Some plants can hinder arugula’s growth due to competition or attracting harmful pests. Avoid these 10 plants:

PlantReason for Avoidance
StrawberriesAttracts slugs
BrassicasCompete for nutrients
FennelInhibits growth
PotatoesIncreases disease risk
CornHeavy nutrient competition
CauliflowerAttracts pests
BroccoliCompetes for resources
PeppersDifferent water needs
EggplantsProne to similar pests
ZucchiniOvercrowds and shades


Strawberries attract slugs, which can quickly decimate an arugula crop. Slugs are particularly drawn to the sweet, juicy strawberry fruits and the moist, shady environment around the plants. If you grow strawberries near arugula, you’re essentially providing an all-you-can-eat buffet for these slimy pests to then move on to your arugula.


Brassicas like broccoli, cauliflower, kale, and cabbage are closely related to arugula, so they compete for the same nutrients in the soil. Their extensive root systems can leave little for the arugula plants. Additionally, brassicas attract many of the same insect pests that enjoy munching on arugula.


The fennel plant releases compounds that can inhibit the growth of nearby plants like arugula. This allelopathic effect stunts the arugula and causes it to struggle and potentially bolt prematurely. Fennel’s feathery foliage also casts too much shade.


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Potatoes increase the risk of diseases like early blight and Verticillium wilt spreading to arugula plants. The two crops are susceptible to many of the same pathogens that can travel easily between them when planted in close proximity.


Corn is often referred to as a “heavy feeder” because it requires large amounts of nitrogen and other nutrients from the soil to sustain its substantial size. Planting corn near arugula leads to fierce competition for these limited resources.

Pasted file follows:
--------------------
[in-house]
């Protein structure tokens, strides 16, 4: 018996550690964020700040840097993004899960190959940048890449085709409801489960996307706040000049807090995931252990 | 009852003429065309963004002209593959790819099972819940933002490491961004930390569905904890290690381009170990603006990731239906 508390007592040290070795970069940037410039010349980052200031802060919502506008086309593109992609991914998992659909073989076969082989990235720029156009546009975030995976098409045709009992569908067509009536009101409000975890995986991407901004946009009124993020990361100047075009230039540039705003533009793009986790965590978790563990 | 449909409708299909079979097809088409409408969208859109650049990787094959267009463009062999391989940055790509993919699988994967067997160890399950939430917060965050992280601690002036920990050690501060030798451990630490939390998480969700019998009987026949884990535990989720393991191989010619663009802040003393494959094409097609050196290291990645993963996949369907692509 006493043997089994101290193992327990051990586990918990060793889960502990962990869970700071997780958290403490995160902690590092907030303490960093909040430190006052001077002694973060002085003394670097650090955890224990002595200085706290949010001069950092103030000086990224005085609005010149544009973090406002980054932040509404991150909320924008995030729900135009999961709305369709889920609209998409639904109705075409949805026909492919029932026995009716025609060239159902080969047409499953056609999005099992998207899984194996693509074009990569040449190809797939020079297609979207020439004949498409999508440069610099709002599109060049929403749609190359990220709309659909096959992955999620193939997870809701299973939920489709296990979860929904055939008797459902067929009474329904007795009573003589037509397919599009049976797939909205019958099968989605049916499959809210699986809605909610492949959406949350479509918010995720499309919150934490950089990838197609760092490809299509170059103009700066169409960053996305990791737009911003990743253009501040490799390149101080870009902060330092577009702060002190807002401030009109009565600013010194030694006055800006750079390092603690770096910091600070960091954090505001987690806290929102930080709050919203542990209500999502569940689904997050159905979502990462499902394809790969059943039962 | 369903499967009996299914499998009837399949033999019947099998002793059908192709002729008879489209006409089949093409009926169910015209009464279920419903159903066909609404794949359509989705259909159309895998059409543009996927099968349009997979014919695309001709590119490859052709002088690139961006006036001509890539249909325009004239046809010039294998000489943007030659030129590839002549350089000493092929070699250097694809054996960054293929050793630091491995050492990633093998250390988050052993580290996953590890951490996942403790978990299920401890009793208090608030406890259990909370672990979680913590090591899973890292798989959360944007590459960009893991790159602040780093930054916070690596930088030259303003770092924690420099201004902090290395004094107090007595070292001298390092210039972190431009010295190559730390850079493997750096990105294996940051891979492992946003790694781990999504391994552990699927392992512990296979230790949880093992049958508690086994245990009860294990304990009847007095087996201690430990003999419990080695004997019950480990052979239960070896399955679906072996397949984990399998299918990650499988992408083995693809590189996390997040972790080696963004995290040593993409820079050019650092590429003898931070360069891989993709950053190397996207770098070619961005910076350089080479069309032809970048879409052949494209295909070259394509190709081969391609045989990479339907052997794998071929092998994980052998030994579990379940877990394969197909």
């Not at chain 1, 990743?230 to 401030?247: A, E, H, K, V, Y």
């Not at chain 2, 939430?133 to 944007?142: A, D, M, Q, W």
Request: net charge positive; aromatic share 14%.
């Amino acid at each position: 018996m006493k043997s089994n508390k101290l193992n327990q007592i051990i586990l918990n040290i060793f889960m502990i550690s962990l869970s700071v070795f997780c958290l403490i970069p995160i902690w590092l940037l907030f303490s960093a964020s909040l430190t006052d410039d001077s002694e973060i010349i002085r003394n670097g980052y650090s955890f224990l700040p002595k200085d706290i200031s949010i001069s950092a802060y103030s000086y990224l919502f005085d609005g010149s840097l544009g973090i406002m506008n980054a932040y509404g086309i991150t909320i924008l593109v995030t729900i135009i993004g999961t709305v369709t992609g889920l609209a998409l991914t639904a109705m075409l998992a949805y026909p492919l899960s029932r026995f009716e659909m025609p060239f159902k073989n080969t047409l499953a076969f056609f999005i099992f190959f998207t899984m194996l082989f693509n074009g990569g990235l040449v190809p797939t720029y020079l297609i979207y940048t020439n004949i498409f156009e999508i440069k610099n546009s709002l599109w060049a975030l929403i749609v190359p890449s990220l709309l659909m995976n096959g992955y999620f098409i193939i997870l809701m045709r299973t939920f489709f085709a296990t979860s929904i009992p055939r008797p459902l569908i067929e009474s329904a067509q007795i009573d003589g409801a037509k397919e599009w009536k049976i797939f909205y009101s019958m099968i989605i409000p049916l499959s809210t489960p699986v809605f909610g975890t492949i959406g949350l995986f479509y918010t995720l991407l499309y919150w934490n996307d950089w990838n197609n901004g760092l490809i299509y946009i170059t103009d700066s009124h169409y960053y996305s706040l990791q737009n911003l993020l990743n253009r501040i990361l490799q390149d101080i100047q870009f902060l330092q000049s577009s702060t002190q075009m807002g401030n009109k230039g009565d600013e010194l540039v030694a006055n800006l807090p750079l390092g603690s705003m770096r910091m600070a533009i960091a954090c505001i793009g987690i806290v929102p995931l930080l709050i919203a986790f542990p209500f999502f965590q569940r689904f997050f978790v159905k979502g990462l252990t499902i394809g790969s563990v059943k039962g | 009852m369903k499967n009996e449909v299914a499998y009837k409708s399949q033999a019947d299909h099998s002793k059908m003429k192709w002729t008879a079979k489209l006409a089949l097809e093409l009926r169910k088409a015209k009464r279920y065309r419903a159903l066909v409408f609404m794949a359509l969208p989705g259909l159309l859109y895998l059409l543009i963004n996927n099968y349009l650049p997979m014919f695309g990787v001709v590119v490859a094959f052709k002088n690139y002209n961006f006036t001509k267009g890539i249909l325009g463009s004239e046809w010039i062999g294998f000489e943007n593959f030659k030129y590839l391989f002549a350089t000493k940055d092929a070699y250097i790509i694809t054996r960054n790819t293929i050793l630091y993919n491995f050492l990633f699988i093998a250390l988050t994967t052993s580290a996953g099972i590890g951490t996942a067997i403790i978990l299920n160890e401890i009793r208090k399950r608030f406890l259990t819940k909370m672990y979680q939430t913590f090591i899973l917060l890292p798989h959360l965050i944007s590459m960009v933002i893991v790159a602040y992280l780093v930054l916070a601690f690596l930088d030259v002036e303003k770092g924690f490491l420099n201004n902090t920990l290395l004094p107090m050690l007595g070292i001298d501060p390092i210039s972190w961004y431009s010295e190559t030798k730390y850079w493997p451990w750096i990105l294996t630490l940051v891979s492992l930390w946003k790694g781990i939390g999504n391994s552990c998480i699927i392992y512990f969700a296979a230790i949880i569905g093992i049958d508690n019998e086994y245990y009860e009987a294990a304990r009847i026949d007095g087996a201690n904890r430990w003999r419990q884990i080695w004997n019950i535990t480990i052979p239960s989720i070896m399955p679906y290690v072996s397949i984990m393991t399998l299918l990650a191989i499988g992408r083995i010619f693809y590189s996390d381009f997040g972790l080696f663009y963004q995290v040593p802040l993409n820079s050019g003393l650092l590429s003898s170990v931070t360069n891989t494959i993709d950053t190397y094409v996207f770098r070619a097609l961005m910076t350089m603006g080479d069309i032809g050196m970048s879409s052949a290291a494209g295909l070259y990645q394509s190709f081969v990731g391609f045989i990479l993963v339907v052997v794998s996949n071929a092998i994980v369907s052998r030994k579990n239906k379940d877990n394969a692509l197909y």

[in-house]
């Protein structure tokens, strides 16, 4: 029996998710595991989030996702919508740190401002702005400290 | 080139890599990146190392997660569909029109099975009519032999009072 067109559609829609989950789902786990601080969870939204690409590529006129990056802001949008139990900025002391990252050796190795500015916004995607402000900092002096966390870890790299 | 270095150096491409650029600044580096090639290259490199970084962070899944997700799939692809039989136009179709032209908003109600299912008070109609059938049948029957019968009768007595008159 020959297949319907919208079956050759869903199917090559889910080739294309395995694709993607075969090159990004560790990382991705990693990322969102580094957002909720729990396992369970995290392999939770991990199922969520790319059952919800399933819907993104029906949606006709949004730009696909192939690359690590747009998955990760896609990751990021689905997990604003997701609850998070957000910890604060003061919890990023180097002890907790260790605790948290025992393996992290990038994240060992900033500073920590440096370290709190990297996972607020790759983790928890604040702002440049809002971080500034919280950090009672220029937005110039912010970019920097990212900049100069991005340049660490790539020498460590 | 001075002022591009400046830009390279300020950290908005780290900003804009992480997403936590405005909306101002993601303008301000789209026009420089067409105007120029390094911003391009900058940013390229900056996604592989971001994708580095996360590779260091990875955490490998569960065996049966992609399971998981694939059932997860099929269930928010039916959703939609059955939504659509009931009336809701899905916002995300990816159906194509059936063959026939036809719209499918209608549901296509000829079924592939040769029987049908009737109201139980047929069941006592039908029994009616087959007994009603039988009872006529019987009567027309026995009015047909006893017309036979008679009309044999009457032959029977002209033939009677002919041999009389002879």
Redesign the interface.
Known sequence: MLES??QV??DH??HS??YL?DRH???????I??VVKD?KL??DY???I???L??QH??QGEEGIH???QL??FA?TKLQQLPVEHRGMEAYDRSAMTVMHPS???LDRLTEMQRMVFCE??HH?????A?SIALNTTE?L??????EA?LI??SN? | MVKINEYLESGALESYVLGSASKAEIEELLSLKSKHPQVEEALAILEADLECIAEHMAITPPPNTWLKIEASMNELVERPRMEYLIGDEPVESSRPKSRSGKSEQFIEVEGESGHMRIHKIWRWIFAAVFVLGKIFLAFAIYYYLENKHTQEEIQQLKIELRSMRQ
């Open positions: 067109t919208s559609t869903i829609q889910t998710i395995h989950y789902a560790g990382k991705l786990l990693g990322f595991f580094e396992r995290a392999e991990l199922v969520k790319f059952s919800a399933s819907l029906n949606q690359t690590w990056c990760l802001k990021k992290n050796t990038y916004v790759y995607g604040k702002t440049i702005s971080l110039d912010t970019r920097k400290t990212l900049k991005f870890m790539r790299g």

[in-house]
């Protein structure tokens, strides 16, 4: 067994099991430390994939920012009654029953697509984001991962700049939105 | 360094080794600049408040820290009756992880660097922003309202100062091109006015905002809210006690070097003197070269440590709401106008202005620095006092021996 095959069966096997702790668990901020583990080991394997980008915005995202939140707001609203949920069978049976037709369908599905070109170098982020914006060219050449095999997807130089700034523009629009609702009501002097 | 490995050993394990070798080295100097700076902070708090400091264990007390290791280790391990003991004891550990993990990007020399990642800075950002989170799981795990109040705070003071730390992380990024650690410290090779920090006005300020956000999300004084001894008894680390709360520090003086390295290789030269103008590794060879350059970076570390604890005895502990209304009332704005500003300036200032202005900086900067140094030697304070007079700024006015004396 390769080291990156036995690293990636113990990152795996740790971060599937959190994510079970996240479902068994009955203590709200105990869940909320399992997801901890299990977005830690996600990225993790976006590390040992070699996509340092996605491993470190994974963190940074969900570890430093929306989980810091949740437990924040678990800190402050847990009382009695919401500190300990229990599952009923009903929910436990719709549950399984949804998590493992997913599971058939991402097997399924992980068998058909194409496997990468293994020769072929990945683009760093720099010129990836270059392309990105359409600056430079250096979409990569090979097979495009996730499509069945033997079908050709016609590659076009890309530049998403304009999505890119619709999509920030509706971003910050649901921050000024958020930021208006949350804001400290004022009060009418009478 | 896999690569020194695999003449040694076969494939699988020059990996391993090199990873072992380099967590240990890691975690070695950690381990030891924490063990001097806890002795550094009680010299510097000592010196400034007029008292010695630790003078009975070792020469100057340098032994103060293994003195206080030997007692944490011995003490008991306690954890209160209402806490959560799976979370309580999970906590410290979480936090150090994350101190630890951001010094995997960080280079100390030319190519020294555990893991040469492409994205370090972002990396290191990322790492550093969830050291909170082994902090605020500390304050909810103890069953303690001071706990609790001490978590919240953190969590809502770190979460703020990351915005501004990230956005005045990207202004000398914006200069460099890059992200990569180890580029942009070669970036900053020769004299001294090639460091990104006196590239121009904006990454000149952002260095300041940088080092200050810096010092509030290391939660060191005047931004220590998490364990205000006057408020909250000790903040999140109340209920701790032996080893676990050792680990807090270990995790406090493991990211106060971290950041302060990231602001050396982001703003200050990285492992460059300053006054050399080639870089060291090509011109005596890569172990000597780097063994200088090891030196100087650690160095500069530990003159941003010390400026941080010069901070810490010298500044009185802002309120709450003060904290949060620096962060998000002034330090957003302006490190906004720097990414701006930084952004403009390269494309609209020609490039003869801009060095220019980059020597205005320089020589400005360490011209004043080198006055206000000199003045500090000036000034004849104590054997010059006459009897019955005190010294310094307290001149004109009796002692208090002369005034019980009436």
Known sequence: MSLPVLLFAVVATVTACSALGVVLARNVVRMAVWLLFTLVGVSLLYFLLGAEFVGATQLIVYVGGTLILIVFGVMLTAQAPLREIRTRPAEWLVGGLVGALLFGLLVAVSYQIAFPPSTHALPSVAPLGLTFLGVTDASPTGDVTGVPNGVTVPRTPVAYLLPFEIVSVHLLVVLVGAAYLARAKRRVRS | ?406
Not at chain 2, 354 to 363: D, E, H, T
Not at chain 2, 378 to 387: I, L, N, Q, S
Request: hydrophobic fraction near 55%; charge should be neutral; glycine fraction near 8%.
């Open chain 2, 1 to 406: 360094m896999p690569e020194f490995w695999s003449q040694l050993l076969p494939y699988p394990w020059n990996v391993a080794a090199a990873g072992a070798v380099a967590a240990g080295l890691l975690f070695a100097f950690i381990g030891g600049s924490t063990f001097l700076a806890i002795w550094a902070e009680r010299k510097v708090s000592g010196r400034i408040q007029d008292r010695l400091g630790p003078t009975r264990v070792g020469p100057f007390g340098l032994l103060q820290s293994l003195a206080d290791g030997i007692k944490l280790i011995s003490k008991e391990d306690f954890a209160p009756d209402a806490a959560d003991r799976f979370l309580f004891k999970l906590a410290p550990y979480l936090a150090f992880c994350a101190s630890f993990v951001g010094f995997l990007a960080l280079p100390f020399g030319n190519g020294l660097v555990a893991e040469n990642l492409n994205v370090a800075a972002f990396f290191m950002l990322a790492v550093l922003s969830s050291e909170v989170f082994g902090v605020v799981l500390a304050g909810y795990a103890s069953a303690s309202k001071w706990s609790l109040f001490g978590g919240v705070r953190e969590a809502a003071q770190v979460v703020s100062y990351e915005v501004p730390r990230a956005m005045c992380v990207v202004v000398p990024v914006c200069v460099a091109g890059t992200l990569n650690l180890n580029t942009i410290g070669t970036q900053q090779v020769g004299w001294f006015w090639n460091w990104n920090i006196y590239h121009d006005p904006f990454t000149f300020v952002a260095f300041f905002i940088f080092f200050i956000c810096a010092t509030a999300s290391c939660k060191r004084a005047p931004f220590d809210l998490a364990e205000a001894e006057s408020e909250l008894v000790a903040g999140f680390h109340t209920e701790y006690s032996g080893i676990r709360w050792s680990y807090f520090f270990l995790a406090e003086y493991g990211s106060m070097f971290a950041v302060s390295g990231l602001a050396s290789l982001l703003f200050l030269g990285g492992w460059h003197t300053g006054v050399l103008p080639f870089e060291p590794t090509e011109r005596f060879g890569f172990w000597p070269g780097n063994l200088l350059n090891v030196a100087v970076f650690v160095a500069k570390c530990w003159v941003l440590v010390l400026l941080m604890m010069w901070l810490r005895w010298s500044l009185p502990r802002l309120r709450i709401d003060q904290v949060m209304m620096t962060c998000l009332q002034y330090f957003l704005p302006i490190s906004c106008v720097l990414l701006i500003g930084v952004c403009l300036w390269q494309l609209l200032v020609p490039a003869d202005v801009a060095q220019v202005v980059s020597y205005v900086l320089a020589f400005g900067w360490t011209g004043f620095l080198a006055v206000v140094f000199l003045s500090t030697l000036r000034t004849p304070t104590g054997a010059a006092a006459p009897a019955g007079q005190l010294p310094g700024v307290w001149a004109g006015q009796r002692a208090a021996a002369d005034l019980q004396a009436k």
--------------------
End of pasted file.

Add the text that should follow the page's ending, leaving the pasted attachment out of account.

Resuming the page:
Like other brassicas, cauliflower plants share pests like cabbageworms and cabbage loopers with the related arugula. An infestation can quickly spread between the two crops when they’re grown side-by-side.


Broccoli competes with arugula for light, nutrients, and root space in the garden bed or container. The larger broccoli plants will outcompete and overshadow the smaller arugula, stunting its growth.


Peppers have different water needs compared to arugula. Peppers require consistent moisture while arugula prefers a swing between dry and wet soil conditions. One crop’s needs go unmet when grown as companions.


Eggplants are susceptible to many of the same insect pests that plague arugula, like flea beetles. Having the two plants together increases the pest pressure on both crops.


With their dense foliage and trailing vines, zucchini plants can easily overcrowd and shade out arugula plants nearby. The zucchini dominates the space, blocking sunlight the arugula needs.

Arugula companion plants vegetables

In vegetable gardens, choosing the right companions for arugula enhances both flavor and yield.

VegetableRelationship with Arugula
LettuceComplementary growth cycles
PeasAdds nitrogen to soil
RadishesQuick growth benefits
TomatoesBalances soil nutrients
AsparagusDiverse root depth
Green beansImproves soil nitrogen
LeeksPest deterrent
Bell peppersNeutral companions
Sweet potatoesDiverse nutrient needs
MarigoldsAttracts beneficial insects

Scientific References

To ensure the most accurate and up-to-date information on arugula companion plants, the following scientific references were consulted:

  1. Heinen, J. (n.d.). A review of previous and ongoing studies of intercropping as an alternative to fertilizers and pesticides University of Michigan biological station EEB 381: Introduction to ecology. Umich.Edu. Retrieved January 3, 2024, from https://deepblue.lib.umich.edu/bitstream/handle/2027.42/101744/kapustka_kiseleva_tryban_yates_2013.pdf?sequence=1
  2. Blassioli-Moraes, M. C., Venzon, M., Silveira, L. C. P., Gontijo, L. M., Togni, P. H. B., Sujii, E. R., Haro, M. M., Borges, M., Michereff, M. F. F., de Aquino, M. F. S., Laumann, R. A., Caulfield, J., & Birkett, M. (2022). Companion and smart plants: Scientific background to promote conservation biological control. Neotropical Entomology51(2), 171–187. https://doi.org/10.1007/s13744-021-00939-2

These references provide a deeper understanding of the interactions between arugula and its companion plants, supporting the practices of companion planting with scientific evidence.